By Bill Wright
A public employer – an organization dedicated to the rehabilitation of youth offenders – will face trial over its termination of a motorcycle gang member. In Godwin v. RVYCF, No. 1:12-cv-00478-CL (9th Cir. Aug. 10, 2016), a public employer discharged an employee for coming to work wearing his colors for a motorcycle gang. The court ruled that wearing the colors was speech protected under the First Amendment because it showed the employee approved of the activities of “a perceived criminal organization,” and that was newsworthy. But the court also determined that the public employer had not presented actual evidence of disruption, to its mission or to the workplace, arising from the employee wearing the colors. In fact, the court noted that the employee had arranged motorcycle shows for the youth participating in the organization.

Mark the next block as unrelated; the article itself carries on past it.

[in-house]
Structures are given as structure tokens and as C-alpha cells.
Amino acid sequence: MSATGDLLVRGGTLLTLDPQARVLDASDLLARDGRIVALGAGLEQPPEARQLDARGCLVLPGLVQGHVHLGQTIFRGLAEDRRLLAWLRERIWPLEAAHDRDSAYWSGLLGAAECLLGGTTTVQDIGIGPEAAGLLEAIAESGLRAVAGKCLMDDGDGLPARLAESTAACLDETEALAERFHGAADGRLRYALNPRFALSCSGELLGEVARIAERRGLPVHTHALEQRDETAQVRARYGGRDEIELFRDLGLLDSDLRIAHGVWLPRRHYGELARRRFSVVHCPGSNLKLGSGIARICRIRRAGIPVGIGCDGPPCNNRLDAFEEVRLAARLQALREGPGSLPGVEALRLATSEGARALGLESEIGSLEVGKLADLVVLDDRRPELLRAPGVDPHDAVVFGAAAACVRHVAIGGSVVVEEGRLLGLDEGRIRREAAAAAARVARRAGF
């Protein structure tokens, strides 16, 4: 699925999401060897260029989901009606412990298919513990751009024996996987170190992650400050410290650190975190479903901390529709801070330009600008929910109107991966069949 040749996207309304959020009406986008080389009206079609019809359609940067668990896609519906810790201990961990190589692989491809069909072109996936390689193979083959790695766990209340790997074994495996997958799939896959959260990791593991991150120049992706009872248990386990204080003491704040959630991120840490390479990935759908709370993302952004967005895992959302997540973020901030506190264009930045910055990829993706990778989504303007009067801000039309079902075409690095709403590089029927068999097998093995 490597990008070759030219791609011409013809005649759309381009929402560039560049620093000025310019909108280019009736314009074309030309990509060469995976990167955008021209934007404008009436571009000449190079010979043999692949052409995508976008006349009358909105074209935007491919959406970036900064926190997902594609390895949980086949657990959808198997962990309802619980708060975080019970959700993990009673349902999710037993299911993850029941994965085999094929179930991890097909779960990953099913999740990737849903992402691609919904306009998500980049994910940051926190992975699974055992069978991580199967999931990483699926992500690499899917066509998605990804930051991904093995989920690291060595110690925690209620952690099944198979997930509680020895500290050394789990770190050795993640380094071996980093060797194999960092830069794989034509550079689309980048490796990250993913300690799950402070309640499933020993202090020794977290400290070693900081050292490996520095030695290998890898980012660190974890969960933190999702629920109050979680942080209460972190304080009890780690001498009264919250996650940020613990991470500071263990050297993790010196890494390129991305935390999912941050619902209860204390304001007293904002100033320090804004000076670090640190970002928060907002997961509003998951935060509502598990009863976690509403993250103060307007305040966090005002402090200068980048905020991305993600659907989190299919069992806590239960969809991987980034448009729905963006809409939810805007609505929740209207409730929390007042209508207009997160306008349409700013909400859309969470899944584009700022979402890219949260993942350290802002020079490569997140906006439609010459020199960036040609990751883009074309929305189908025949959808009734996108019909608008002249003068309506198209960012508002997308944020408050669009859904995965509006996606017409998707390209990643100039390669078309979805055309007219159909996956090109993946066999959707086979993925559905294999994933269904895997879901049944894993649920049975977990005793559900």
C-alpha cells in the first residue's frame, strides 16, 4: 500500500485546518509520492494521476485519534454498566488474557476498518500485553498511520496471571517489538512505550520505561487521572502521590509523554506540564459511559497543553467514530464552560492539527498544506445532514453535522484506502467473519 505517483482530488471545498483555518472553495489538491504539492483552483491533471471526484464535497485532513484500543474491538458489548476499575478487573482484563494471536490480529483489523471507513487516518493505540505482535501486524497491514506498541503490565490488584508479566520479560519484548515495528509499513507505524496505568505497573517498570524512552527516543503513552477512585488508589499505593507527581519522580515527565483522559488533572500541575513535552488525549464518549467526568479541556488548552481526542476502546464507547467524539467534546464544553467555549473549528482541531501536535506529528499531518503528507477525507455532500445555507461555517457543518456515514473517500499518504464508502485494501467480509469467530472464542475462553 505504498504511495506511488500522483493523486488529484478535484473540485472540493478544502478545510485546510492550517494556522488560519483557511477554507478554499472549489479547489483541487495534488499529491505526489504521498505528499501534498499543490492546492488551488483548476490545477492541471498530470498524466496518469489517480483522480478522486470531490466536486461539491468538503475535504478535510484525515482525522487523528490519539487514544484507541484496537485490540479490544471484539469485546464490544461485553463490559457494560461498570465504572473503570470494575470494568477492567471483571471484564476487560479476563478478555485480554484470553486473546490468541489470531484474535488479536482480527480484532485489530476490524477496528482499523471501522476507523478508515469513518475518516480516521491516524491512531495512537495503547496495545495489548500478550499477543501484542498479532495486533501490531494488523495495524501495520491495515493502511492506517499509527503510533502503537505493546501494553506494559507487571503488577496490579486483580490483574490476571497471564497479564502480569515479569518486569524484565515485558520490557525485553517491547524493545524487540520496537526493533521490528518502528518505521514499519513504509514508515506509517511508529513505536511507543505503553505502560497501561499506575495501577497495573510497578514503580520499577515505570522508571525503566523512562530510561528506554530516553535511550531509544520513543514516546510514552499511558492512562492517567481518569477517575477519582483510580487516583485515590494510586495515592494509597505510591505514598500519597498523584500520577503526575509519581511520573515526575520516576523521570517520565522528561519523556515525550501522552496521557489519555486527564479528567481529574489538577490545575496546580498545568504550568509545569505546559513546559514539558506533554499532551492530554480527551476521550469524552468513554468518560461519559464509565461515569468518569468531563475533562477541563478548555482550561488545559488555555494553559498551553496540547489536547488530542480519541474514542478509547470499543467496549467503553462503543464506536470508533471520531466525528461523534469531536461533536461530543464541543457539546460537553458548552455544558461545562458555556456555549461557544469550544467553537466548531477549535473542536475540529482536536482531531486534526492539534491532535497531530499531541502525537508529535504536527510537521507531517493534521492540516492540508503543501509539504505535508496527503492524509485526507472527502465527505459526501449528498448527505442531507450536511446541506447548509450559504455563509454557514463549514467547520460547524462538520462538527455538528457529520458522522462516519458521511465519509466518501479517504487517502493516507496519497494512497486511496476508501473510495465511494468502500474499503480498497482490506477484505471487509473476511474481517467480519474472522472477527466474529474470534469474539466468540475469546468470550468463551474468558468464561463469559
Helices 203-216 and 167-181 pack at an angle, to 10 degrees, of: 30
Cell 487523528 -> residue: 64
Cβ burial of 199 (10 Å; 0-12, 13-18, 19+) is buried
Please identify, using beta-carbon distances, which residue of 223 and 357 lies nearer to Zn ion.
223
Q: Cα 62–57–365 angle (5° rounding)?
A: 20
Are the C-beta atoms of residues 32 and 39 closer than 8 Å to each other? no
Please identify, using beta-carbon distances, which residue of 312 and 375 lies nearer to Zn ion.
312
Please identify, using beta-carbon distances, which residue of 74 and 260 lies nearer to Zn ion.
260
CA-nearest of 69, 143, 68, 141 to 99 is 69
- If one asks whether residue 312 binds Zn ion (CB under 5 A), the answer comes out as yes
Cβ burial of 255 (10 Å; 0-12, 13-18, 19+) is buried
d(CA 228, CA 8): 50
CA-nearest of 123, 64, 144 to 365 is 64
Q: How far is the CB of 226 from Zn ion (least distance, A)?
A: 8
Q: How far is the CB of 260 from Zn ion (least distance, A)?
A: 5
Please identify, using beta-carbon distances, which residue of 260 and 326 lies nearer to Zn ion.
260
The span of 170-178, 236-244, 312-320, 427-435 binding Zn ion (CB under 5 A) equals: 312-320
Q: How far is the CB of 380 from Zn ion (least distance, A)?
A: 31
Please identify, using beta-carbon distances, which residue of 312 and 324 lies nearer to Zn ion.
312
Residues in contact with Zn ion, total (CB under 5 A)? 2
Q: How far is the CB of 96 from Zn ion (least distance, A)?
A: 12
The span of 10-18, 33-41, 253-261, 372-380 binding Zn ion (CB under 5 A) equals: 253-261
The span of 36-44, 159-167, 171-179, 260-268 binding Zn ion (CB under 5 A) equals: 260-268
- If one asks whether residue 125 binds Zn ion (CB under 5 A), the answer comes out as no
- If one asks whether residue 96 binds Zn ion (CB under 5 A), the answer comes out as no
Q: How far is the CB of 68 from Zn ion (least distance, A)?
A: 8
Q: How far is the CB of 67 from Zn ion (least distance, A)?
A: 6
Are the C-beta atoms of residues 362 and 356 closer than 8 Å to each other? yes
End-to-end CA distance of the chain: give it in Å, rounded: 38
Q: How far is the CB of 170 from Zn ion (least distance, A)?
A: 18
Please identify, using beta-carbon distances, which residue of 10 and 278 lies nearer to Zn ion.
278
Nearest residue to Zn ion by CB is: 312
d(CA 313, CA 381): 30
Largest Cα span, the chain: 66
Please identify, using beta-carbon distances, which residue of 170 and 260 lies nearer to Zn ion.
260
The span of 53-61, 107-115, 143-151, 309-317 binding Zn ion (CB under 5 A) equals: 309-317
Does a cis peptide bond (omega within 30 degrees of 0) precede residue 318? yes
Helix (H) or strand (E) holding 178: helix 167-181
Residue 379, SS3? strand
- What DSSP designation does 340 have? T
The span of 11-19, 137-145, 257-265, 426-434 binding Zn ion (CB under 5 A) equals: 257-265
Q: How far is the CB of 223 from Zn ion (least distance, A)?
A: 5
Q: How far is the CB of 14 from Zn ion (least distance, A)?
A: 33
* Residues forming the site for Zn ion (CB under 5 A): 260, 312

A dissenting judge tried to point out that the employer was a law enforcement organization and an employee showing support for a “perceived criminal organization” would be disruptive “as a matter of law,” but the other judges out voted him.
This gives new meaning to “dual-career police professionals.”